PHP - English

Open a File with PHP



To open up a file, there are a few methods you can use. The one we’ll start
with is readfile( ). As it’s name suggest, it reads the contents of a
file for you. Try this simple script (this assumes that you’ve read the short
introduction on the previous page).


$file_contents = readfile( “dictionary.txt”
print $file_contents;


Save the script with any file name your like, but make sure it goes in the
same folder as your dictionary.txt file (see the
previous page for an explanation of this file). Run your new code, and see
what happens.

You should get a web page full of text, with no separation and no line breaks.

And that’s it! Simple, hey? Only two lines of code. You can even get it down
to one line:

print readfile(“dictionary.txt”);

But here’s the part that does the reading:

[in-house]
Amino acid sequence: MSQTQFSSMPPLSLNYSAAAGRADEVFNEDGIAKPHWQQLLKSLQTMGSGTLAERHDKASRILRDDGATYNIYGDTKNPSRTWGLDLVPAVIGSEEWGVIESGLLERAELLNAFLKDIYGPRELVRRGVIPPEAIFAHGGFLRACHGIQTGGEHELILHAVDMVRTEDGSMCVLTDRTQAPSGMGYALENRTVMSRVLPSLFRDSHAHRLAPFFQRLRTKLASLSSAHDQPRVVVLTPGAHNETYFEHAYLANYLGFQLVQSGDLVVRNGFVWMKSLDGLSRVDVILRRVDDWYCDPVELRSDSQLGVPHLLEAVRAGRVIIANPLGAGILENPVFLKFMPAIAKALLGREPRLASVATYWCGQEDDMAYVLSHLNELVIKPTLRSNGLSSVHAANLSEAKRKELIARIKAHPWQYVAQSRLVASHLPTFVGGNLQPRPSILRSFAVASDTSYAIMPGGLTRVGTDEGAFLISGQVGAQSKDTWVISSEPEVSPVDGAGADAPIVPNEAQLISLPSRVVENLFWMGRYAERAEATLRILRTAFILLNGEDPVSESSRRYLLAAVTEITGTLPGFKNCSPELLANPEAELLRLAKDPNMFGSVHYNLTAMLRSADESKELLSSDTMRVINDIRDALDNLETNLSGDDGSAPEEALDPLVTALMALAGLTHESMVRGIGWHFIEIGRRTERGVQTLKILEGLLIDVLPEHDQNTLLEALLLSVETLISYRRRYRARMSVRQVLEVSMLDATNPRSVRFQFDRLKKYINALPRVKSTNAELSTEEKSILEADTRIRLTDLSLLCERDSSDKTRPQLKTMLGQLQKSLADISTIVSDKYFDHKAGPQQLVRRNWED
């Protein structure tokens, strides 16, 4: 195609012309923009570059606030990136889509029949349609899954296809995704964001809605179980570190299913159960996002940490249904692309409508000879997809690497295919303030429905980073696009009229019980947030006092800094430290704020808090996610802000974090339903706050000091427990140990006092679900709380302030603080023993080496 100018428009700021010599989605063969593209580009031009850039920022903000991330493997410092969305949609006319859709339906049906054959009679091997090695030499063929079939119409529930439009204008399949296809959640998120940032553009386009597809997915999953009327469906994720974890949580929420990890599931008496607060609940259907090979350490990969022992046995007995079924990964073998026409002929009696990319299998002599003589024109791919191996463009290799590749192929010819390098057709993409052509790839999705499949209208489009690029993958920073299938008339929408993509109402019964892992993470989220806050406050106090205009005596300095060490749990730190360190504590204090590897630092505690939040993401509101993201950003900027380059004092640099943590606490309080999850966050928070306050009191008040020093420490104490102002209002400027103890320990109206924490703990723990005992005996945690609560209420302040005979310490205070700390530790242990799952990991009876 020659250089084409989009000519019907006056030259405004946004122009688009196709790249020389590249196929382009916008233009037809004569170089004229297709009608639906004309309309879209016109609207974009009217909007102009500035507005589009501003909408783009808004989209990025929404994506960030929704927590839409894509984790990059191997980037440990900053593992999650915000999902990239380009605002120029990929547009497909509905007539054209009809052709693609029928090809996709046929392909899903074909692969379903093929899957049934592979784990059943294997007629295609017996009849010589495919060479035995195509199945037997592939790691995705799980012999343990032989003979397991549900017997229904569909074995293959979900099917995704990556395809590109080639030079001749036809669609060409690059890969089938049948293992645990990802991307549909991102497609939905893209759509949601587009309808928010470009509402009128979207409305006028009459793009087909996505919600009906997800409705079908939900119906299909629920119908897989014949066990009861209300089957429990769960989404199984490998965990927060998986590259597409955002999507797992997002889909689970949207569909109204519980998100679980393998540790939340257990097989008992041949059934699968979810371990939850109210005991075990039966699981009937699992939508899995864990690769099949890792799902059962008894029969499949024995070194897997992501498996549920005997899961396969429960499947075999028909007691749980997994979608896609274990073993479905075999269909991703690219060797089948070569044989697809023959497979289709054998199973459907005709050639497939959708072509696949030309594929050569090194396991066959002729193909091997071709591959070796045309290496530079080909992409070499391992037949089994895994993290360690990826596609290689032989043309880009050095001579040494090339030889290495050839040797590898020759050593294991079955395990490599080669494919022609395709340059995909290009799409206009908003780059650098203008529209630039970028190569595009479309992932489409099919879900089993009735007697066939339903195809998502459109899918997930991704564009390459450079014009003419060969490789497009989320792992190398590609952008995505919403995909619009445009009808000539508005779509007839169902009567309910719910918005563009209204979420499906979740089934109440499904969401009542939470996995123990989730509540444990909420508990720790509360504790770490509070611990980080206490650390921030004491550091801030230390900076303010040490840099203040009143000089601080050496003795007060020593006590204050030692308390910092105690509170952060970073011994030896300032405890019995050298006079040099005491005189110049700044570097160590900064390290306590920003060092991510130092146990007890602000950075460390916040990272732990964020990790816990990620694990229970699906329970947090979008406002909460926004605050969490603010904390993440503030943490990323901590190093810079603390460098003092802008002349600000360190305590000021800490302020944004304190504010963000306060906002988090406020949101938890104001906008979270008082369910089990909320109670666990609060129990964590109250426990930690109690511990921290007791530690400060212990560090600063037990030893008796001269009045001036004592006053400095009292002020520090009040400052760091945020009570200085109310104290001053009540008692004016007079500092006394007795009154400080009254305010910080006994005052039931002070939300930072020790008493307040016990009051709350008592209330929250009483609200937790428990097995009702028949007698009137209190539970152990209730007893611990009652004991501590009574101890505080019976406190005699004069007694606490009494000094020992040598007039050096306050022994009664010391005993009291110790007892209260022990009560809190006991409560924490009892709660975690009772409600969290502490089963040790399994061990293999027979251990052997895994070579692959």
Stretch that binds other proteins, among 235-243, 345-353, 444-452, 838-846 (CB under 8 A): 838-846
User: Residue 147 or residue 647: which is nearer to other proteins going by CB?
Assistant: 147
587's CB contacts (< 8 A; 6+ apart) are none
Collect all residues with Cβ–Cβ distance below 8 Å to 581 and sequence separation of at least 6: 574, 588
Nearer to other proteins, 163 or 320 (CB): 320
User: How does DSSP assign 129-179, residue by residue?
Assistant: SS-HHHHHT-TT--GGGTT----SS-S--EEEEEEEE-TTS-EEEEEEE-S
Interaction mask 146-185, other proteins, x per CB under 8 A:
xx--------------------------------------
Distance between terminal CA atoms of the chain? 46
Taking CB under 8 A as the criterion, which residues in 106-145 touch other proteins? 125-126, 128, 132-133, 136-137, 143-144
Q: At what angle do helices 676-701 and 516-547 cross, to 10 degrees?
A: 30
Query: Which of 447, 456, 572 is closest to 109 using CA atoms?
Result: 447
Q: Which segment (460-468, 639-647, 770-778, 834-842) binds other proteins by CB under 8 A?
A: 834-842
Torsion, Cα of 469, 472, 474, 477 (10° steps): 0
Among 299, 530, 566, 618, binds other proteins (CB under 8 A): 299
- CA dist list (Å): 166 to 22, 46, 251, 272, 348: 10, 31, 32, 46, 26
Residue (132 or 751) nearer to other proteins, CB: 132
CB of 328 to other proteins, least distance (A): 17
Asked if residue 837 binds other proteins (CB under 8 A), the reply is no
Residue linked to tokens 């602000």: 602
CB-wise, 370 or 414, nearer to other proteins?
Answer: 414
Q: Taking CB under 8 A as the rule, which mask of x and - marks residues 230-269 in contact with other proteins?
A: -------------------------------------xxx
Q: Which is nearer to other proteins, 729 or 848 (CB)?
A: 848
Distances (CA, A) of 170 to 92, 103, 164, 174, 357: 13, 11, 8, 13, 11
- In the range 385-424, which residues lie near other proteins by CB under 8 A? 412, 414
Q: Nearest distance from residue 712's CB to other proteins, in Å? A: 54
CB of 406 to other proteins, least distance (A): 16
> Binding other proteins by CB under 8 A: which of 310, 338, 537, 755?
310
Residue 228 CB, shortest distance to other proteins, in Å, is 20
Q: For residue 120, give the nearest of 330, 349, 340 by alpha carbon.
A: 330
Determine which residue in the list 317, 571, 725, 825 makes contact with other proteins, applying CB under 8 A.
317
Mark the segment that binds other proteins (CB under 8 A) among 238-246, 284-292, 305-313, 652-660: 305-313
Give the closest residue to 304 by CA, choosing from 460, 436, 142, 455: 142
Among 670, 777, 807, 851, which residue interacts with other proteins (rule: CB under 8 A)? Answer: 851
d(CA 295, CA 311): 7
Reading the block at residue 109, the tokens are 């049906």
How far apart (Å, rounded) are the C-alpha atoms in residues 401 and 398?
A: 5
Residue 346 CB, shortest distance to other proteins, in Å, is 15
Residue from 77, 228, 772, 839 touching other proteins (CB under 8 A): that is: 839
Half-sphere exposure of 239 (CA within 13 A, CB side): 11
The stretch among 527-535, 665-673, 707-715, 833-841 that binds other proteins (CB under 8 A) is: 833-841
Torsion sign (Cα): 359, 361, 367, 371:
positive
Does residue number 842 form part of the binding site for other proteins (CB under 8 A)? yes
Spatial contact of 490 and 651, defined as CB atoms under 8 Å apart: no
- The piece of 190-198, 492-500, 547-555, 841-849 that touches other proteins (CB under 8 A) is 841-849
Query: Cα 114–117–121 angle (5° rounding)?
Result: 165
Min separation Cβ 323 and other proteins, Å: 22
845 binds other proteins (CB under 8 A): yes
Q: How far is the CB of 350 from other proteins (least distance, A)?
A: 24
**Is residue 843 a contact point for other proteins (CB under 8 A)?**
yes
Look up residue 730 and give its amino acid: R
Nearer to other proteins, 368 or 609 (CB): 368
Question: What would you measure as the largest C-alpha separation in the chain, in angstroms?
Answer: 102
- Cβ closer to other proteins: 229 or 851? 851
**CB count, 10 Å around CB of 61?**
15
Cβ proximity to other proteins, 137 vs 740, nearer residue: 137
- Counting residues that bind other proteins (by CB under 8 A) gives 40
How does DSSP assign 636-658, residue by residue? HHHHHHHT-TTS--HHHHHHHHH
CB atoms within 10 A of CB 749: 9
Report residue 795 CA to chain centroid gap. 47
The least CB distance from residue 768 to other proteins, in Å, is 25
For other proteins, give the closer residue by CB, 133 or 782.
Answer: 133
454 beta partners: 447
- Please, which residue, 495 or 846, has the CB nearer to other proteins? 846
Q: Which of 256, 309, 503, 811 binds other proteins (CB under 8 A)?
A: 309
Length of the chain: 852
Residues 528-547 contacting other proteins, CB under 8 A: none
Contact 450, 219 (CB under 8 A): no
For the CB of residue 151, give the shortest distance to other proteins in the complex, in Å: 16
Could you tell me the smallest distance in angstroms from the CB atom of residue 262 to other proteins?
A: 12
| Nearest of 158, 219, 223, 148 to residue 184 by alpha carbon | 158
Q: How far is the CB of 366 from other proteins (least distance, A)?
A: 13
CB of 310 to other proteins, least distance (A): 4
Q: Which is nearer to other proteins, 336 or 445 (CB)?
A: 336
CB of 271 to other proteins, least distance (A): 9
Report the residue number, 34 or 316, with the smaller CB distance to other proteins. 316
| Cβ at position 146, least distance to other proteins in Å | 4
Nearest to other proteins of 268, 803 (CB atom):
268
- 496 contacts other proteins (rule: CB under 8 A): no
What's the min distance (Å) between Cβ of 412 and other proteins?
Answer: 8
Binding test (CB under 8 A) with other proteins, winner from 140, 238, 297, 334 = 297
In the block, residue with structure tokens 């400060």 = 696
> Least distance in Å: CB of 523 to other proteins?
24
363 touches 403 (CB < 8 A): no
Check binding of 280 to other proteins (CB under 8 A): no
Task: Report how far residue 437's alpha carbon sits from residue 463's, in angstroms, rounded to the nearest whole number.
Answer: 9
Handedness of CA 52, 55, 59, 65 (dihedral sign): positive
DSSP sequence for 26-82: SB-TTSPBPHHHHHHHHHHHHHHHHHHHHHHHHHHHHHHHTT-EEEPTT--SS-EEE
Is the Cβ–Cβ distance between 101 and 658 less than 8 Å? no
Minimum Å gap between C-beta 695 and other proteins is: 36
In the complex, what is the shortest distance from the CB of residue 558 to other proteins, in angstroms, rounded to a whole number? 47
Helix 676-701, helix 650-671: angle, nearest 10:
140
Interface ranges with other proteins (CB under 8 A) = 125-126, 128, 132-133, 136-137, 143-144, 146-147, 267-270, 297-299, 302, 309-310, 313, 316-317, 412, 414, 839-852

$file_contents = readfile(“dictionary.txt”);

You start by typing readfile, and then a pair of round brackets. In between
the round brackets, type the name of the file you want to open. This can be
either direct text, as above, or a variable, like this:

$file_to_read = “dictionary.txt”;
print readfile($file_to_read);

You don’t have to put the file you’re trying to read in the same directory.
If you had a folder called files in your directory, you could do this:

$file_to_read = “filesdictionary.txt”;
print readfile($file_to_read);

Or have any other file reference you want to use.

The readfile( ) function is useful if all you want to do is open up
a file and read its contents.


Another function that just reads the contents of a file is file_get_contents(
). It is available in PHP version 4.3 and above. Here’s an example:


$file_to_read = “dictionary.txt”;
print file_get_contents( $file_to_read );


This used in more or less the same way as the readfile function. The
difference for us is the change of name to file_get_contents( ).

In the next part, we’ll take a look at the more commonly used fopen


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